This isn’t a recent development, but it’s an important aspect of his work that often goes ignored. In place of this key element is the idea that his music is a sober and in-depth excavation of the American landscape and rural psyche. Well, folks, I’m sorry, but it’s not. In other words: there is no railway station east of Ohio.
Abandoned motels, barren highways, magazine killers, Chevrolets backing out of driveways in the middle of the night, wedding photos, intoxicated hands, bleary-eyed circus clowns, barstool salvation, yeah, yeah, yeah, we get it: “America”. We’d all like to live there, but we don’t. No one does. We’re stuck with Jamba Juice and the internet, occasionally a charming, aesthetically pleasing dilapidated monument of the pre-Air Conditioned Nightmare on the side of the road. For a minute we can marvel and say “Wow, there’s nothing out here!” Nothing except a huge fucking interstate freeway and a massive telecommunication network on which we can Instagram bucolic isolation.
Out there is nowhere, but inside is endless
You know what else they have a lot of in “America”? Religion. Don’t leave out that old-time relijun or your souflee of polite, revisionist, fantasy America is going to fall flat at the foot of the Cross. When “folk” comes up in their iTunes genre column, them lily-white champions of gravel-voiced, hard-won-wisdom-shilling, Millennial old-timin’™ expect some goddamn symbolic imagery, man! Not actual faith per se, I mean, c’mon now, what are you: fucking insane?
Damien Jurado is every character in every Damien Jurado song. He is the gun, the purple anteater, the paper wings, the avalanche, the air show disaster, Ohio, the ghost of his best friend’s wife. It is a universe unto its own, with it’s own symbolism, creation myth, and liturgy. You might go as far as to call it a religion, and your religion is a character in his religion.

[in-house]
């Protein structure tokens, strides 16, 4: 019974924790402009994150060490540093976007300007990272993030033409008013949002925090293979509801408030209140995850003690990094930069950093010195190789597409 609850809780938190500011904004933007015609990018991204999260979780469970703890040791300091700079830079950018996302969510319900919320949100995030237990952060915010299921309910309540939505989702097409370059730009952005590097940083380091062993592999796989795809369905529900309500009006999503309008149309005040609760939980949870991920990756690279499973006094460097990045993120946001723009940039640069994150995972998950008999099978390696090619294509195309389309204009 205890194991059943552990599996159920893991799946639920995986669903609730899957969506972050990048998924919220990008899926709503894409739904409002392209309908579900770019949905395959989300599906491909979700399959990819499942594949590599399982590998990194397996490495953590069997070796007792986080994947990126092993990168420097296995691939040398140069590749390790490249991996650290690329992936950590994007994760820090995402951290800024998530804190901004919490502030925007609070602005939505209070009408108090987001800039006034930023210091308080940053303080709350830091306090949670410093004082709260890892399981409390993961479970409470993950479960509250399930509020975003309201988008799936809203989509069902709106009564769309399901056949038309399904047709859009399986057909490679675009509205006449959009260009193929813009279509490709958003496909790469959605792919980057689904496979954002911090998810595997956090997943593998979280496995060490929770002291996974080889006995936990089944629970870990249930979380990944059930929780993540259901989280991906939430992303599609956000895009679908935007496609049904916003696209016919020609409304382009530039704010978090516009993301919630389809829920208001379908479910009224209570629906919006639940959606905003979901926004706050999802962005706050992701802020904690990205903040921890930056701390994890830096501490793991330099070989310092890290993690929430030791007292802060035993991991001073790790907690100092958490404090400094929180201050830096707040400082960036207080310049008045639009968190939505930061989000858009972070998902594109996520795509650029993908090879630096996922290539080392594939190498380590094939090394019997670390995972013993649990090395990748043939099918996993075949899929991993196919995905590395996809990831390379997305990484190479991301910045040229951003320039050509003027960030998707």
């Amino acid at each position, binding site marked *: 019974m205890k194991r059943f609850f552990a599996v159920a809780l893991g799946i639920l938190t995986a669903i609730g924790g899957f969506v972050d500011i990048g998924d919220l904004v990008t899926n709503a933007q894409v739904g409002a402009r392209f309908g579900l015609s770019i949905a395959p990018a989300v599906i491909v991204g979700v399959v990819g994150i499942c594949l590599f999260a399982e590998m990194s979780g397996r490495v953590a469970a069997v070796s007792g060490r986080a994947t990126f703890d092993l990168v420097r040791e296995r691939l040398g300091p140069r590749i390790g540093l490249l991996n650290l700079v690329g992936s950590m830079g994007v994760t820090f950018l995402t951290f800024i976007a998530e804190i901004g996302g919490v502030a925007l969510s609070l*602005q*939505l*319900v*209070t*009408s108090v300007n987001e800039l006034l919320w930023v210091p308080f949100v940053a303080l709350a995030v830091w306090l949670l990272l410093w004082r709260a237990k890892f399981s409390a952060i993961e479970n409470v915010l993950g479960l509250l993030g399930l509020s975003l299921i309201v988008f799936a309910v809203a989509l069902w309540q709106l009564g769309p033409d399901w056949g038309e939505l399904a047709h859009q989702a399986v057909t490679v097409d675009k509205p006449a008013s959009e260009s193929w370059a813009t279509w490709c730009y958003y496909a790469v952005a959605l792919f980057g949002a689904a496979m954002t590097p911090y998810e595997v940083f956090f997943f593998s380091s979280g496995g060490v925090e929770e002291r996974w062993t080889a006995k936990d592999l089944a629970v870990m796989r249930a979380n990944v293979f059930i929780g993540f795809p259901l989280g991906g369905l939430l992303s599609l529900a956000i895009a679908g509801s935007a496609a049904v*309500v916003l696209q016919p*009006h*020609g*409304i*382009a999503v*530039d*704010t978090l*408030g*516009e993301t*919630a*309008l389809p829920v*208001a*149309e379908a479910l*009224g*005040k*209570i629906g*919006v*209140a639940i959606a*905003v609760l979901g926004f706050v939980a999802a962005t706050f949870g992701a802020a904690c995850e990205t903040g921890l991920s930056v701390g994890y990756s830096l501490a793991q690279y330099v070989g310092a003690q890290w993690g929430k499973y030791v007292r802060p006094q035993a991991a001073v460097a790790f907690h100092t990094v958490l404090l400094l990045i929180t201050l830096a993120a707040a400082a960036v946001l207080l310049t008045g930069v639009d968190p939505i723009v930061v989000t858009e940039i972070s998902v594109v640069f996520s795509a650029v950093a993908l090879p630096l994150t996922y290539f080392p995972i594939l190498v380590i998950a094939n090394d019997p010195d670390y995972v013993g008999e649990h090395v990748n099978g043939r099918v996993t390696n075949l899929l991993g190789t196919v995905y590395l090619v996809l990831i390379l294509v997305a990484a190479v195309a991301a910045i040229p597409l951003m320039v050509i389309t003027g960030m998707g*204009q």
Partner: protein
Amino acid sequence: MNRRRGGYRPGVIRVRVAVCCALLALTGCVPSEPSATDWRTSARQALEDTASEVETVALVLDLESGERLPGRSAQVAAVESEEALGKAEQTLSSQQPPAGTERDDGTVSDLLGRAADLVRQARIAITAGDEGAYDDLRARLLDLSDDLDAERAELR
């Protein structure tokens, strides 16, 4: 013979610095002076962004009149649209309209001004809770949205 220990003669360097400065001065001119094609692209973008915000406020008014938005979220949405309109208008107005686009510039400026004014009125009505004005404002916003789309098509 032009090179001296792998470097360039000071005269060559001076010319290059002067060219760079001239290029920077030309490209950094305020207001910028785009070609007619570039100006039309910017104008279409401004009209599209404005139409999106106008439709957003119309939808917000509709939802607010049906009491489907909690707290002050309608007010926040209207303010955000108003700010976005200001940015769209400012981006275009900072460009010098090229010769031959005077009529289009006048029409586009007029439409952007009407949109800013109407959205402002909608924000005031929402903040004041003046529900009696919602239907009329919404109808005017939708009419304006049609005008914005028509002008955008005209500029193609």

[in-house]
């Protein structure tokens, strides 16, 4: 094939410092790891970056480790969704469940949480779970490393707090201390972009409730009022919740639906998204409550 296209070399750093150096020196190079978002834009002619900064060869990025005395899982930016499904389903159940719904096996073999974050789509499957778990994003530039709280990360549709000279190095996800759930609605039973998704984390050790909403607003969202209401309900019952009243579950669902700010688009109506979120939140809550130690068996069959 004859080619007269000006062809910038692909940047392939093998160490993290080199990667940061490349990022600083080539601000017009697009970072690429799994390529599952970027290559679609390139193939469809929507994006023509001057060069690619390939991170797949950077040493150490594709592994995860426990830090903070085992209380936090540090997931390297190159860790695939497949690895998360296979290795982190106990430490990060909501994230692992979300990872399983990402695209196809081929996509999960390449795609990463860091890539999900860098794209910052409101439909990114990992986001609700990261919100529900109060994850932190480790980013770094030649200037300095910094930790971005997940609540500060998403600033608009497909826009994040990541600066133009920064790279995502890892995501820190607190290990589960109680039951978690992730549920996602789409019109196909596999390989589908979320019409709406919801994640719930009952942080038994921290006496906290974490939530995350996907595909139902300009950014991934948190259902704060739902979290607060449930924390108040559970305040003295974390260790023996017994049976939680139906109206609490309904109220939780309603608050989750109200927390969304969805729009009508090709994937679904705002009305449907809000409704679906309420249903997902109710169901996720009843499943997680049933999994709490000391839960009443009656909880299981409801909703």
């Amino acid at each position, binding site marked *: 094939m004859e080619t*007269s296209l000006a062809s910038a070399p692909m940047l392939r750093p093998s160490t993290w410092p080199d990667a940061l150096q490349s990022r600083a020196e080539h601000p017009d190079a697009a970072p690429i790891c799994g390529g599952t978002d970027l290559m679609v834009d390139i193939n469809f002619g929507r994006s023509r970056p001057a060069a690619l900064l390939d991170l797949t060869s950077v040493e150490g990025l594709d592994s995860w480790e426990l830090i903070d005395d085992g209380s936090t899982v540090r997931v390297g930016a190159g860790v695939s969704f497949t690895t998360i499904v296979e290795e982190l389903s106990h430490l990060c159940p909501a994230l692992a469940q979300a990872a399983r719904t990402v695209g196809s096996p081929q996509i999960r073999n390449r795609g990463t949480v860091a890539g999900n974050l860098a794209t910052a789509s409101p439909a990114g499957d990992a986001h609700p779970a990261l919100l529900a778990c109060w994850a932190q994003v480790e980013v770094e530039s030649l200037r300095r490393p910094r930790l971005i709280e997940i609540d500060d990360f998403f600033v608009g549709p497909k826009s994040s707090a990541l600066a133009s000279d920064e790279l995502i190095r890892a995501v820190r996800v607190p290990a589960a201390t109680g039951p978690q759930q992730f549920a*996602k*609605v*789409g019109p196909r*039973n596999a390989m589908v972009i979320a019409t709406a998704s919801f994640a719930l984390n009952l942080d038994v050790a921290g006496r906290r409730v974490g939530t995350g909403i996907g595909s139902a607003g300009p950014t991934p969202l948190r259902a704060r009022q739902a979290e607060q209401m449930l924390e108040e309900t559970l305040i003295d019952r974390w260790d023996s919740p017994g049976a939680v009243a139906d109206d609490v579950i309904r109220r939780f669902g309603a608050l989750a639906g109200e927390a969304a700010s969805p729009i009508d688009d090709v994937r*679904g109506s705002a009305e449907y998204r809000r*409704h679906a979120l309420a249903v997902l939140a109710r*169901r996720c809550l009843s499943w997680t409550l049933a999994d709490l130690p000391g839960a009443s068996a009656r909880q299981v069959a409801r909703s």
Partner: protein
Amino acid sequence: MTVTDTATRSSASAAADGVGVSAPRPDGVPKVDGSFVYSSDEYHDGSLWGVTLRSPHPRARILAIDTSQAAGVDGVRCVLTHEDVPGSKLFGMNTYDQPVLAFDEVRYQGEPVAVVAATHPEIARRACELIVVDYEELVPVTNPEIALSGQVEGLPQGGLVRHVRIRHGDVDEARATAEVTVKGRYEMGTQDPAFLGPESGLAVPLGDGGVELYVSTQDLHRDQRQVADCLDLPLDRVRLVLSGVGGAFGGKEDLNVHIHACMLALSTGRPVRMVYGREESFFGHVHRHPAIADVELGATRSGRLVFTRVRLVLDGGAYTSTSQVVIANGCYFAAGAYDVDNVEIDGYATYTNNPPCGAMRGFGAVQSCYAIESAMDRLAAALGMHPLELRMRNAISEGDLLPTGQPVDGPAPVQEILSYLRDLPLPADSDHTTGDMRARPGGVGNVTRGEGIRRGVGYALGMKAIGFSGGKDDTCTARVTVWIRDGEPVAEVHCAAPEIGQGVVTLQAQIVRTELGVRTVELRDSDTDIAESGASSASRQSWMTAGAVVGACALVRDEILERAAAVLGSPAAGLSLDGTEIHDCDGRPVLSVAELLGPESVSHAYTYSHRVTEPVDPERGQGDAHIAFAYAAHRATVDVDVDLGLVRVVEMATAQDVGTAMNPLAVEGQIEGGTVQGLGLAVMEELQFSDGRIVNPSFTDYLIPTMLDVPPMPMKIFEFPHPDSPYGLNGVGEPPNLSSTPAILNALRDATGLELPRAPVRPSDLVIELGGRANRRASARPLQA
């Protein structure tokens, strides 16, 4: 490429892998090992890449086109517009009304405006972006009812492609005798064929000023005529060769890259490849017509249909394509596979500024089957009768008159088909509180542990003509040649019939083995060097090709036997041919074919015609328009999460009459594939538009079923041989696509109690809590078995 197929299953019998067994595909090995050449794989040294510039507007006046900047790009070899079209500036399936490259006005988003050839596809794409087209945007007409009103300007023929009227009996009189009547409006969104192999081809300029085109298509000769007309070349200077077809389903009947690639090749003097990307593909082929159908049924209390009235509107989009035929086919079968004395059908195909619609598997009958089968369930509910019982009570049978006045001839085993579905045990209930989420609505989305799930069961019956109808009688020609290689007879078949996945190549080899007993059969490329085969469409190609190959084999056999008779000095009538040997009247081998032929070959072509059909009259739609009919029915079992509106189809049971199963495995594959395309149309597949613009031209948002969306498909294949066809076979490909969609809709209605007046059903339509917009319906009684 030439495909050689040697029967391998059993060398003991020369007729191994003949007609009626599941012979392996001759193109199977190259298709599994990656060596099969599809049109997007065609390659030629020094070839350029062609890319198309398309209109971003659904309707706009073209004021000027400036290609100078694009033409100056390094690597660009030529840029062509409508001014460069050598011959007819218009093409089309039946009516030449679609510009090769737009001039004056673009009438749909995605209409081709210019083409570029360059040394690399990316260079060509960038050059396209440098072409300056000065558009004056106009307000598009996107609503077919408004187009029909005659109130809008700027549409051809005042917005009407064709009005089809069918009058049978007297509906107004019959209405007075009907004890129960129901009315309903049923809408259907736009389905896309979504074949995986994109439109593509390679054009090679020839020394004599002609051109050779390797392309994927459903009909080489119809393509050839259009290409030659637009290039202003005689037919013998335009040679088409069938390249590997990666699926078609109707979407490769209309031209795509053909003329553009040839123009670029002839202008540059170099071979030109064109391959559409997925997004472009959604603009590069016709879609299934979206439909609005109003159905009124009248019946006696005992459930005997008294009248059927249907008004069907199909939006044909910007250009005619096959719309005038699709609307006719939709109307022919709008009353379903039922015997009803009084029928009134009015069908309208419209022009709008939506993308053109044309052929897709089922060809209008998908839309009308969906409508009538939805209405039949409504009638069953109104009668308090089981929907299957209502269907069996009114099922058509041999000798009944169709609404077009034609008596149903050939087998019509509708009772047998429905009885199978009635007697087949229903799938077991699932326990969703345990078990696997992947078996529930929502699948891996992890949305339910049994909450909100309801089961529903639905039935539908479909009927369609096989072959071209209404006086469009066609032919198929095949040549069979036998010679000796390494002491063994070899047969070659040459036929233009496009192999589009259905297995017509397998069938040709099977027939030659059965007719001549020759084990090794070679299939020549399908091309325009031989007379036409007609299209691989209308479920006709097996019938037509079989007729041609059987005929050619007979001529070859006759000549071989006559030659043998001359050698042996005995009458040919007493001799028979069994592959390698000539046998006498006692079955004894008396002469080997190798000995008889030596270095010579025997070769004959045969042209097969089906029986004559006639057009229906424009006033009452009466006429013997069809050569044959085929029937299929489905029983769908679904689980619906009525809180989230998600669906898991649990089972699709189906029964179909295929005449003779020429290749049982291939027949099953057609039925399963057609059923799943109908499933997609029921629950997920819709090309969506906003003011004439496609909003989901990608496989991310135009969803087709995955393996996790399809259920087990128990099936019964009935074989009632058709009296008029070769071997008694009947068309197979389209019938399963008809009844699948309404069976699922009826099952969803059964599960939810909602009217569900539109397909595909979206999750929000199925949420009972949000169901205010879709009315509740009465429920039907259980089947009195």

Level with me. You're reading this because of Damien Jurado’s new album, 'Brothers and Sisters of the Eternal Son' (produced by Richard Swift). You are a progressive minded, left-leaning person who in parlor-style conversation regarding the globo-political ramifications of Sky Person relationships laughs knowingly so as not to be judgmental and very reasonably concedes “Well, I don’t believe He’s some old man with a beard sitting up in the clouds” at which point everyone agrees on [insert benign middle-ground] and moves on.
Consider this: What if the only way to understand a religion is to create your own?
Who is this Silver community? Where the hell are they in the Bible? Is this heresy? Agnostic reference? Isn’t this sun business a little, I don’t know, animistic? Pagan? Go ahead and answer that question for yourself. I’ll give you a second.
Do you understand the music any better?
Faith is like theater: it isn’t meant to be read, or analyzed it is meant to be performed and inhabited. Upon being asked if he believed in Gawd or not, Norman Mailer replied, “Sure, why don’t you and make him better?”
You know that adage we all use so we have something to say while we shrug our shoulders? “People change”? That one. Is that applicable to Jesus Christ? Maybe he’s been on a personal journey of discovery since he ascended. He went through the 60’s, 70’s, he turned on, tuned out, got disillusioned. Why can’t we talk about that Jesus? Does it have to be the old-timey one all the time? American folk Jesus, ugh. The one who’s always winning Best Soundtrack Oscars for people. Rarely do stories of faith make us identify with Jesus. It’s Abraham, Satan, Silver Timothy, Salome, Dr. J, Saul of Tarsus; divinely imperfect brothers and sisters who give Gawd something to do.
Damien Jurado made up his own Jesus because a Damien Jurado album needs a beautiful Jesus. Some freaky space Jesus that I don’t recognize. The name is the same, a lot of the imagery is the same, but he’s reborn. Born again, I mean. Yeah, as if Jesus got born again. That’s what this album sounds like.
Jesus is out of his goddamn mind and I want to live in Damien’s America.
Damien Jurado’s new opus extends the hot streak ignited by 2012’s 'Maraqopa' and its 2014 follow-up 'Brothers and Sisters of
the Eternal Son'. Cut once again with label mate and super producer Richard Swift at his National Freedom recording facility in rural Oregon, 'Visions of Us On The Land' completes the tale of an individual who disappears from society to discover universal truths....more